It goes directly to the small intestine and will associate with the epithelial cells in which it will liberate two types of toxins to enter the cell and once inside it will make the cell expel its fluids. The symptoms start a few hours after exposure and last a few days.

Symptoms

  • Watery diarrhea
  • Dehydration
  • Nausea
  • Vomiting

There are not many medicines to relief this but to drink a lot of water, since you small intestine cells are releasing them!!!

Be careful always in where the food and water you drink comes from, remember this will affect your quality time and health after all.

Traveler’s diarrhea
Synonyms Traveller’s diarrhoea, tourist diarrhea,[1]traveler’s dysentery[1]
E coli at 10000x, original.jpg
The bacteria E. coli, the most common cause of Traveler’s diarrhea
Specialty Infectious disease Edit this on Wikidata
Symptoms Unformed stool while traveling, fever, abdominal cramps[2][3]
Duration Typically < 5 days[3]
Causes Often bacterial[3]
Prevention Eating only properly prepared food, drinking bottled water, frequent hand washing[4]
Treatment Oral rehydration therapyantibioticsloperamide[3][4]
Frequency ~35% of travelers to the developing world[3]

Traveler’s diarrhea (TD) is a stomach and intestinal infection. TD is defined as the passage of unformed stool (one or more by some definitions, three or more by others) while traveling.[2][3] It may be accompanied by abdominal cramps, nausea, fever, and bloating.[3] Occasionally bloody diarrhea may occur.[5] Most travelers recover within four days with little or no treatment.[3] About 10% of people may have symptoms for a week.[3]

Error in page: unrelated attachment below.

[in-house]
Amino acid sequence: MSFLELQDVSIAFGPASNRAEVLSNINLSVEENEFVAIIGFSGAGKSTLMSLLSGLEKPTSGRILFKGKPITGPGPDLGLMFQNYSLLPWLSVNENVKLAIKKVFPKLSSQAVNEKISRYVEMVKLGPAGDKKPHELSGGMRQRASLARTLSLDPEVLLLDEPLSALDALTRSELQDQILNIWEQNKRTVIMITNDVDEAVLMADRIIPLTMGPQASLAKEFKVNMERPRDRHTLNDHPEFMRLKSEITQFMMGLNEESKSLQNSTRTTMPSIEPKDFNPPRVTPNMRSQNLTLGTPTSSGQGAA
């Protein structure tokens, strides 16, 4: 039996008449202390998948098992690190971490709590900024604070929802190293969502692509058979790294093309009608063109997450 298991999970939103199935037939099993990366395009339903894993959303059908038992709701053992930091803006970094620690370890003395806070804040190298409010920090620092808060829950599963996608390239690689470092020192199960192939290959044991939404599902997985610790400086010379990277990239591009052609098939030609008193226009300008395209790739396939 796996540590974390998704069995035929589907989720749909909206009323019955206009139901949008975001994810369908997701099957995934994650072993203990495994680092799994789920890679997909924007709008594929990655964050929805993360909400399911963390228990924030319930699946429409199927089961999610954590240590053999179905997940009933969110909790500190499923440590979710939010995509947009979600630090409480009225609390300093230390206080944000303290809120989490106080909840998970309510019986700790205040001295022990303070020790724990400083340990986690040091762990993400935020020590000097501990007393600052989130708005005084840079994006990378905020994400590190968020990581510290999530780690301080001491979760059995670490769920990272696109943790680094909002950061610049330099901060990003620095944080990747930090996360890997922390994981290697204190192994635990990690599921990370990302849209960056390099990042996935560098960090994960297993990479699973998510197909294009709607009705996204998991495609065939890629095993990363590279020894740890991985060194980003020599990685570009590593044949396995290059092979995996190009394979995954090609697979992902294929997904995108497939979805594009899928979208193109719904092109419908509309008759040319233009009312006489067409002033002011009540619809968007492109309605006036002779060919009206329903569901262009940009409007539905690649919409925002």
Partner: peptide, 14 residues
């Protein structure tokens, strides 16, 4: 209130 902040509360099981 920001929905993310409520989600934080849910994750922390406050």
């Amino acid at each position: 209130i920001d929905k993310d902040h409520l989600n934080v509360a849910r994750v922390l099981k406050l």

Bacteria are responsible for more than half of cases.[3] The bacteria enterotoxigenic Escherichia coli (ETEC) are typically the most common except in Southeast Asia, where Campylobacter is more prominent.[2][3]About 10% to 20% of cases are due to norovirus.[3] Protozoa such as Giardia may cause longer term disease.[3] The risk is greatest in the first two weeks of travel and among young adults.[2] People affected are more often from the developed world.[2]

What is viral gastroenteritis?

Gastroenteritis disease is characterized by the appearance of vomits, nausea, diarrhea and consequently, this will turn into dehydration. All these symptoms come from a stomach virus. Many types of virus can do this effect including actino virus, sapa virus, rota virus, Noro virus and the astro virus. All of this one are capable of causing gastroenteritis.

One important thing is to know when it is a bacterial or viral infection. The signs are if diarrhea is watery then it is virus infection but if it is bloody then it is a bacterial infection. Bacterial infections are accompanied by more fevers than viral infections but symptoms vary from person to person so we can not expect to always have bloody diarrhea in a bacterial infection.

Transmission of gastroenteritis comes either from oral or fecal transmission if someone infected goes to the bathroom and does not wash his or her hands will, of course, have some of the viri on its hands and then goes and touches food or water and you go to drink then the virus is inside your body. The bacteria or virus will go into your digestive system and……… watch the video and find more what happens with this disease.

Gastroenteritis
Synonyms Gastro, stomach bug, stomach virus, stomach flu, gastric flu, gastrointestinitis
Gastroenteritis viruses.jpg
Gastroenteritis viruses: A = rotavirus, B = adenovirus, C = norovirus and D = astrovirus. The virus particles are shown at the same magnification to allow size comparison.
Specialty Infectious disease
Symptoms Diarrheavomitingabdominal pain, fever[1][2]
Complications Dehydration[2][3]
Causes Virusesbacteriaparasitesfungus[2][4]
Diagnostic method Based on symptoms, occasionally stool culture[2]
Differential diagnosis Inflammatory bowel diseasemalabsorption syndromelactose intolerance[5]
Prevention Hand washing, drinking clean water, proper disposal of human wastebreastfeeding[2]
Treatment Oral rehydration solution (combination of water, salts, and sugar), intravenous fluids[2]
Frequency 2.4 billion (2015)[6]
Deaths 1.3 million (2015)[7]